Yet again we finished the year with bond yields sitting at or near historic lows. We have written about this before, but as our current positioning in our Global Tactical model includes a position in U.S. Treasury bonds, and we recently upped our allocation to the core bond market index in our Capital Preservation portfolio, we decided to quickly revisit the situation of rising bond yields.
A great proxy for market bond yields in the U.S. is the yield on the 10 year government bond. The St. Louis Federal Reserve, via its FRED site, makes terrific data available to us. Using data from iShares aggregate bond market ETF index fund, we looked at the returns on the bond market when interest rates have risen.
We are lucky in that one of the most dramatic increases in bond rates happened quite recently: From late July 2012 to the end of 2013, the yield on the 10 year bond rose from 1.44% to 3.04% – more than doubling. The chart below shows the yield on the 10 year bond (right hand scale) as well as the rolling 3 month return of the U.S. aggregate bond market (left hand scale). The purple line indicates the end of July 2012 to December 2013. You will see that returns were both positive and negative for bonds while interest rates doubled.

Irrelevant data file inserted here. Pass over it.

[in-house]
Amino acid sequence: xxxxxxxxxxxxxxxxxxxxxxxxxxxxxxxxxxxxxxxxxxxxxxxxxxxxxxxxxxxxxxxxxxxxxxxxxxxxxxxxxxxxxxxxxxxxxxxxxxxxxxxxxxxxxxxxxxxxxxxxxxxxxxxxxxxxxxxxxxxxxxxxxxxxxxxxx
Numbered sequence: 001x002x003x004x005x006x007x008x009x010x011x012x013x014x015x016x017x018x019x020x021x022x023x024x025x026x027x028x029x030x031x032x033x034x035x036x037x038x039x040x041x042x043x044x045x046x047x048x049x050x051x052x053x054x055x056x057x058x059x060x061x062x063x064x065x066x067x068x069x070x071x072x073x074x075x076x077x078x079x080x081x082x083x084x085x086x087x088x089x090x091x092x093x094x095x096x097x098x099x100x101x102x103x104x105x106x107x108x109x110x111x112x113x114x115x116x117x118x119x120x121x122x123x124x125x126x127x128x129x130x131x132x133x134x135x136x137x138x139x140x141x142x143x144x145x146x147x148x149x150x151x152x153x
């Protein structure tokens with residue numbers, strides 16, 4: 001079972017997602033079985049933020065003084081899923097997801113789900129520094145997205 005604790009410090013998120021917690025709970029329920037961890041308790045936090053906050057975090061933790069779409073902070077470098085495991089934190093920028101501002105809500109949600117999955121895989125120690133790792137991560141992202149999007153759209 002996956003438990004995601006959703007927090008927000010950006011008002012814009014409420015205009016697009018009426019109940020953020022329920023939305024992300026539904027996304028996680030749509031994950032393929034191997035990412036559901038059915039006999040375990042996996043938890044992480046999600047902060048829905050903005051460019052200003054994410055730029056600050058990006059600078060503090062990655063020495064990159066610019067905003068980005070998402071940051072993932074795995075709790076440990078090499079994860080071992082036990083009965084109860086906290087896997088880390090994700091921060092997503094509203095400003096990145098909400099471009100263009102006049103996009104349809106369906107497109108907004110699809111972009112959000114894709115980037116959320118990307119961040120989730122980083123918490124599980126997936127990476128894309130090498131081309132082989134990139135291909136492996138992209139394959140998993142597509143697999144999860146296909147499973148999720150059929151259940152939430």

This is a bad thing in bonds- the interest rate doubling in 17 months. How bad? The compound return over that period was -1.29%. That’s right, interest rates doubled quickly and bonds lost a bit over 1%. Incidentally, during that same period stocks in the U.S. rose about 38%
So our takeaway is that when bonds do badly, they don’t do very badly. Recall, the worst full year return in intermediate term (5-10 year) government bonds since 1950 is -4%. But what about when stocks do badly, how do bonds do? For that answer, read on below.
From the end of April 2010 to the end of September 2011, stocks went basically nowhere or were negative. The U.S fell about -2%, other international markets fell -12% and emerging markets fell -16%. Ouch. How did bonds do during that time? Using the same data as before, we calculate that U.S. bonds rose 7%.
So our takeaway is this: when stocks do well and bonds do badly, bonds don’t do very badly. When stocks do poorly they do very poorly – as we know from 2000 and 2008. But bonds can do very, very well during those times. We call this asymmetry and like that a small allocation to bonds gives us a sort of insurance policy against bad times in stocks.